James Franco has been many things since he broke into the zeitgeist in TV's "Freaks and Geeks." According to the humbly simplified bio in the program for "The Long Shrift," his first New York stab at stage directing, the pop-culture polymath and Oscar-nominated movie star is "an actor, director, screenwriter, producer, teacher and author." Not surprisingly, he has also been a punch line for hyperactive overachievement among celebrities.
But what he has not been, at least in my exposure to his nonstop peripatetic work, is an amateur. Or a bore. But here he is, making an ill-considered stage-directing debut in a tiny Off-Broadway theater while still doing eight performances a week in his altogether respectable Broadway debut as George in "Of Mice and Men."
"The Long Shrift" is by Robert Boswell, the esteemed novelist but novice playwright. Like Franco, Boswell is relatively new to the theater. Inexperience is obvious in both of them.
The 100-minute drama involves the effects of a rape accusation on the accused teen, his blue-collar family and, ultimately, his rich-girl accuser. We first meet his parents. Brian Lally plays the ridiculously sunny and comfy father. An excellent Ally Sheedy portrays the sharp, bitter mother with -- uh, oh -- a heart problem, who refuses to visit their kid in a Houston prison because -- another uh, oh -- he may in fact be guilty.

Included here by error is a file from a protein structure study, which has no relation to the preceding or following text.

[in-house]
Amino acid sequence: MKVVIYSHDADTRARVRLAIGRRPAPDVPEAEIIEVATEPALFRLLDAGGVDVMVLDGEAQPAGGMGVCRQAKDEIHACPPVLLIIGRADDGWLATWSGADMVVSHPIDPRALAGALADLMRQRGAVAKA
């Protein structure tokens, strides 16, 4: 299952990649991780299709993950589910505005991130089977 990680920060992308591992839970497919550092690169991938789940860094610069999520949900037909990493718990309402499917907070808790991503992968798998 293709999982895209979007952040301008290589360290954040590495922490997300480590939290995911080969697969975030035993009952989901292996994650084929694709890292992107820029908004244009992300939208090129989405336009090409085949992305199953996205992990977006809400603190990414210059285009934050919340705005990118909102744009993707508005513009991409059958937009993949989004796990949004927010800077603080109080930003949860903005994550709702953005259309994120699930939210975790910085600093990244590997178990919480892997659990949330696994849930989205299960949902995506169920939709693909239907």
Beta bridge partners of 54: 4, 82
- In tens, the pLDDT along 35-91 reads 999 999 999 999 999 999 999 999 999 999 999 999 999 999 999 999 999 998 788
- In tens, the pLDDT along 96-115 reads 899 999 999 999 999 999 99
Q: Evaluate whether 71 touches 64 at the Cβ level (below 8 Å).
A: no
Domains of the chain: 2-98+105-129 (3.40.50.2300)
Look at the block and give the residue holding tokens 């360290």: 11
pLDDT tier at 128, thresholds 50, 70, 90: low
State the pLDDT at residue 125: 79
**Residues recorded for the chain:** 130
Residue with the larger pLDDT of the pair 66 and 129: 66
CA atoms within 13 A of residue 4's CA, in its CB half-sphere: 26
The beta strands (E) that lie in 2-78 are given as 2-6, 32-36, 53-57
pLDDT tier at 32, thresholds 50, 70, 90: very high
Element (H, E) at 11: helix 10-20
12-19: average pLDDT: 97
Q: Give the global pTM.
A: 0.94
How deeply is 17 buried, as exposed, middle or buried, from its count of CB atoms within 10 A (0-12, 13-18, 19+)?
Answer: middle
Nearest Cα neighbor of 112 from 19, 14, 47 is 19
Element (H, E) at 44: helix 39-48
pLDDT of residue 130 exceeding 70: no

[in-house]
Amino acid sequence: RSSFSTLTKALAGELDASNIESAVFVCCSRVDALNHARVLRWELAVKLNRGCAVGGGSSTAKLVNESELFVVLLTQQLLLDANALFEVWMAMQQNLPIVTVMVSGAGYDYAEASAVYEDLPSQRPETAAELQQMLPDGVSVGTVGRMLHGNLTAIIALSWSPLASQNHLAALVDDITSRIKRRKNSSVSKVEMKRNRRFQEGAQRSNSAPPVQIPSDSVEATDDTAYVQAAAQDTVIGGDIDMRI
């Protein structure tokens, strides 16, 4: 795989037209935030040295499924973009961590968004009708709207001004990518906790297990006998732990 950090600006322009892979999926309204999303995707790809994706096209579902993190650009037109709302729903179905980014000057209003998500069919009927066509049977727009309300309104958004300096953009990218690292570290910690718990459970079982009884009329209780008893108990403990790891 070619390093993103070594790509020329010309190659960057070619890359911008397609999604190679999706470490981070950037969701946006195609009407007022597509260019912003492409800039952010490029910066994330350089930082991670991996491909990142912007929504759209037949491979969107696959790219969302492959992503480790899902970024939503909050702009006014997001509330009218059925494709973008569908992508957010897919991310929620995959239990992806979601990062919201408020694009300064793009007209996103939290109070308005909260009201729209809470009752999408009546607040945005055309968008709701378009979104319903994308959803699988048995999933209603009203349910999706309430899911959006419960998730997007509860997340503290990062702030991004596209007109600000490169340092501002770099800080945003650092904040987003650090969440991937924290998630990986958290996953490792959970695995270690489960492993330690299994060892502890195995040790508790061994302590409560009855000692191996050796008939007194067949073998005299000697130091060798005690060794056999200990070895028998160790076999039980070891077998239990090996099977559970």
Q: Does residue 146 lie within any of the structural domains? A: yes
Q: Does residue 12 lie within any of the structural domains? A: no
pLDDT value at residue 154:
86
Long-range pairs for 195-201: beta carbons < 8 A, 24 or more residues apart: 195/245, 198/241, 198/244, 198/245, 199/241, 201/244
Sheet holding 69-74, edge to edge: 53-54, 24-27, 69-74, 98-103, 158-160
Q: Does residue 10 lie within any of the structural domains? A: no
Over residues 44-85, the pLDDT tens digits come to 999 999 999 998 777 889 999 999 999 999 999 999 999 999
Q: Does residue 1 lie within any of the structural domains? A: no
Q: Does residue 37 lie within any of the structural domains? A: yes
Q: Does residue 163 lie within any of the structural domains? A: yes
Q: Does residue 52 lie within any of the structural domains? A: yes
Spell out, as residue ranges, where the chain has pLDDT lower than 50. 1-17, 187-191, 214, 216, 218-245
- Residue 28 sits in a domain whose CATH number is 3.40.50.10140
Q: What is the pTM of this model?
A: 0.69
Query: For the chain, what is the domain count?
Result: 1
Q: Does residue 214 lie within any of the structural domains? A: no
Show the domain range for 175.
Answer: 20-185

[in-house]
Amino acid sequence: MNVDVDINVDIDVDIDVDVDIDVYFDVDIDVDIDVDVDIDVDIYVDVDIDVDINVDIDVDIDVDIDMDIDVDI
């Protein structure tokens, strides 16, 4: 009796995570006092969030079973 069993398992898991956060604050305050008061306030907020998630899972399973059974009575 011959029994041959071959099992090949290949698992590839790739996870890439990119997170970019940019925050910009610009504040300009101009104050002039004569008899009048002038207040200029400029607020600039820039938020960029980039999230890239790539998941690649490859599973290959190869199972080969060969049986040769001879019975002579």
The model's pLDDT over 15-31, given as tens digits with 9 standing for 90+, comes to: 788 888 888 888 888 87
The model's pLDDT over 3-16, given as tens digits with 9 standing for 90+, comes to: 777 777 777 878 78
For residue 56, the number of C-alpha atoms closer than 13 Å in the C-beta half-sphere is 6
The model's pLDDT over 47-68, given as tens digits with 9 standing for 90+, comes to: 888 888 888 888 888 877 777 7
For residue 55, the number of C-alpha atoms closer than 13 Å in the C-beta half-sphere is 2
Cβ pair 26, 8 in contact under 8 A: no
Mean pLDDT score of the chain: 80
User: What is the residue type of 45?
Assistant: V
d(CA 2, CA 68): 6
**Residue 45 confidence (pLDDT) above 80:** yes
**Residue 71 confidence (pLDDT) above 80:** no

The folks, who sold their home to pay the kid's legal bills, are moving into a low-rent hovel with cheap paneling and a door that sticks. She cherishes an art-glass vase, the only memory of her better life. Much is made of the vase in the opening scene. Like so many ideas in this splatter theme of a script, however, the vase is pretty much forgotten in favor of evermore preposterous story lines.
The no-longer teen, Richard, is let out of his 10-year sentence after just five years because the no-longer girl (Ahna O'Reilly) recants. She wants the jail-tough man, no kidding, to come to their 10th high-school reunion as a healing gesture. She repeats uplifting self-help banalities. Then the current student-body president (Allie Gallerani) -- an airhead vixen -- talks both into hashing out the scandal as entertainment at the reunion.
Most of the dialogue is both implausible and stupefying. Intentions are sincere but crises are bogus. Scott Haze has a flinty, convincing punk menace as Richard, perhaps by pretending he is in a better play or, more likely, in one of the three movies Franco has cast him in this year.
WHAT "The Long Shrift"
WHERE Rattlestick Playwrights Theater, 224 Waverly Place
INFO Tickets $20; 866-811-4111,
BOTTOM LINE A rare misstep for James Franco